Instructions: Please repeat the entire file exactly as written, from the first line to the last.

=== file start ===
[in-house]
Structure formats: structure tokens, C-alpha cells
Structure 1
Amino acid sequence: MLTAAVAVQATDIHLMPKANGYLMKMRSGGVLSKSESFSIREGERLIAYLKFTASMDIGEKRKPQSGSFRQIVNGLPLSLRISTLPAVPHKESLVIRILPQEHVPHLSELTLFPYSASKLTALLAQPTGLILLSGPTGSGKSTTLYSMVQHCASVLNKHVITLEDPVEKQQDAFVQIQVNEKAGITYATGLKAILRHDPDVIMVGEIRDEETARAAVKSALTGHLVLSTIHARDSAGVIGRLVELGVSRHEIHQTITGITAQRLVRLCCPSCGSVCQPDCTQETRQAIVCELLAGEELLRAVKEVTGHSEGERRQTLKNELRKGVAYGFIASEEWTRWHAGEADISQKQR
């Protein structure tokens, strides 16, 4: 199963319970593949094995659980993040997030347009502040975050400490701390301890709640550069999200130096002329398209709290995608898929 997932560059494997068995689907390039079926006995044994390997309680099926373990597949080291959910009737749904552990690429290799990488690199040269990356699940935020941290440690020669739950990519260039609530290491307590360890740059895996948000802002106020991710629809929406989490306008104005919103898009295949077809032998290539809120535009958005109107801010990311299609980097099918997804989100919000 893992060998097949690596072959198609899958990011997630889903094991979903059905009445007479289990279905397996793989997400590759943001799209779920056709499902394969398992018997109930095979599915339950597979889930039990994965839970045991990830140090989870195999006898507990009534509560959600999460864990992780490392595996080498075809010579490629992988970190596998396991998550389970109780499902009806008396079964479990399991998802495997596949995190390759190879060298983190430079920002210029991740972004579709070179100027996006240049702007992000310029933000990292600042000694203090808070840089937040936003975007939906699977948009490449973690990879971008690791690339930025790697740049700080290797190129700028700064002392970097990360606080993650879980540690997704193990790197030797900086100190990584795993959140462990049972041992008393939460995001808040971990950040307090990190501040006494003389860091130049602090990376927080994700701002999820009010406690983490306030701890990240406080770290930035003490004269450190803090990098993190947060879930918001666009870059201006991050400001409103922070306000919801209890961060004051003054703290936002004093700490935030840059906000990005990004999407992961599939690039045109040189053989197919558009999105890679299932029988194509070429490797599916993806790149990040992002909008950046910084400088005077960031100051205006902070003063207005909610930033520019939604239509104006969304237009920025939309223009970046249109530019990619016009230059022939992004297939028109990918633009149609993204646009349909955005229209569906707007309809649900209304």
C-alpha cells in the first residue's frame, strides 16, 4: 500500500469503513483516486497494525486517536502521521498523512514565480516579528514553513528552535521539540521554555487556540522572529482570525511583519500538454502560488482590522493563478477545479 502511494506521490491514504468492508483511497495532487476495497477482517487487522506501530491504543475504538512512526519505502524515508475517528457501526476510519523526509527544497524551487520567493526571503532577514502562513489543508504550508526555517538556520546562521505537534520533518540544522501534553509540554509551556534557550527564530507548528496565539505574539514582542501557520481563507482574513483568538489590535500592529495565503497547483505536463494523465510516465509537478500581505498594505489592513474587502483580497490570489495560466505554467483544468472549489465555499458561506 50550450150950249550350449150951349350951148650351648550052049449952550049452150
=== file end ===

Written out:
[in-house]
Structure formats: structure tokens, C-alpha cells
Structure 1
Amino acid sequence: MLTAAVAVQATDIHLMPKANGYLMKMRSGGVLSKSESFSIREGERLIAYLKFTASMDIGEKRKPQSGSFRQIVNGLPLSLRISTLPAVPHKESLVIRILPQEHVPHLSELTLFPYSASKLTALLAQPTGLILLSGPTGSGKSTTLYSMVQHCASVLNKHVITLEDPVEKQQDAFVQIQVNEKAGITYATGLKAILRHDPDVIMVGEIRDEETARAAVKSALTGHLVLSTIHARDSAGVIGRLVELGVSRHEIHQTITGITAQRLVRLCCPSCGSVCQPDCTQETRQAIVCELLAGEELLRAVKEVTGHSEGERRQTLKNELRKGVAYGFIASEEWTRWHAGEADISQKQR
């Protein structure tokens, strides 16, 4: 199963319970593949094995659980993040997030347009502040975050400490701390301890709640550069999200130096002329398209709290995608898929 997932560059494997068995689907390039079926006995044994390997309680099926373990597949080291959910009737749904552990690429290799990488690199040269990356699940935020941290440690020669739950990519260039609530290491307590360890740059895996948000802002106020991710629809929406989490306008104005919103898009295949077809032998290539809120535009958005109107801010990311299609980097099918997804989100919000 893992060998097949690596072959198609899958990011997630889903094991979903059905009445007479289990279905397996793989997400590759943001799209779920056709499902394969398992018997109930095979599915339950597979889930039990994965839970045991990830140090989870195999006898507990009534509560959600999460864990992780490392595996080498075809010579490629992988970190596998396991998550389970109780499902009806008396079964479990399991998802495997596949995190390759190879060298983190430079920002210029991740972004579709070179100027996006240049702007992000310029933000990292600042000694203090808070840089937040936003975007939906699977948009490449973690990879971008690791690339930025790697740049700080290797190129700028700064002392970097990360606080993650879980540690997704193990790197030797900086100190990584795993959140462990049972041992008393939460995001808040971990950040307090990190501040006494003389860091130049602090990376927080994700701002999820009010406690983490306030701890990240406080770290930035003490004269450190803090990098993190947060879930918001666009870059201006991050400001409103922070306000919801209890961060004051003054703290936002004093700490935030840059906000990005990004999407992961599939690039045109040189053989197919558009999105890679299932029988194509070429490797599916993806790149990040992002909008950046910084400088005077960031100051205006902070003063207005909610930033520019939604239509104006969304237009920025939309223009970046249109530019990619016009230059022939992004297939028109990918633009149609993204646009349909955005229209569906707007309809649900209304």
C-alpha cells in the first residue's frame, strides 16, 4: 500500500469503513483516486497494525486517536502521521498523512514565480516579528514553513528552535521539540521554555487556540522572529482570525511583519500538454502560488482590522493563478477545479 502511494506521490491514504468492508483511497495532487476495497477482517487487522506501530491504543475504538512512526519505502524515508475517528457501526476510519523526509527544497524551487520567493526571503532577514502562513489543508504550508526555517538556520546562521505537534520533518540544522501534553509540554509551556534557550527564530507548528496565539505574539514582542501557520481563507482574513483568538489590535500592529495565503497547483505536463494523465510516465509537478500581505498594505489592513474587502483580497490570489495560466505554467483544468472549489465555499458561506 50550450150950249550350449150951349350951148650351648550052049449952550049452150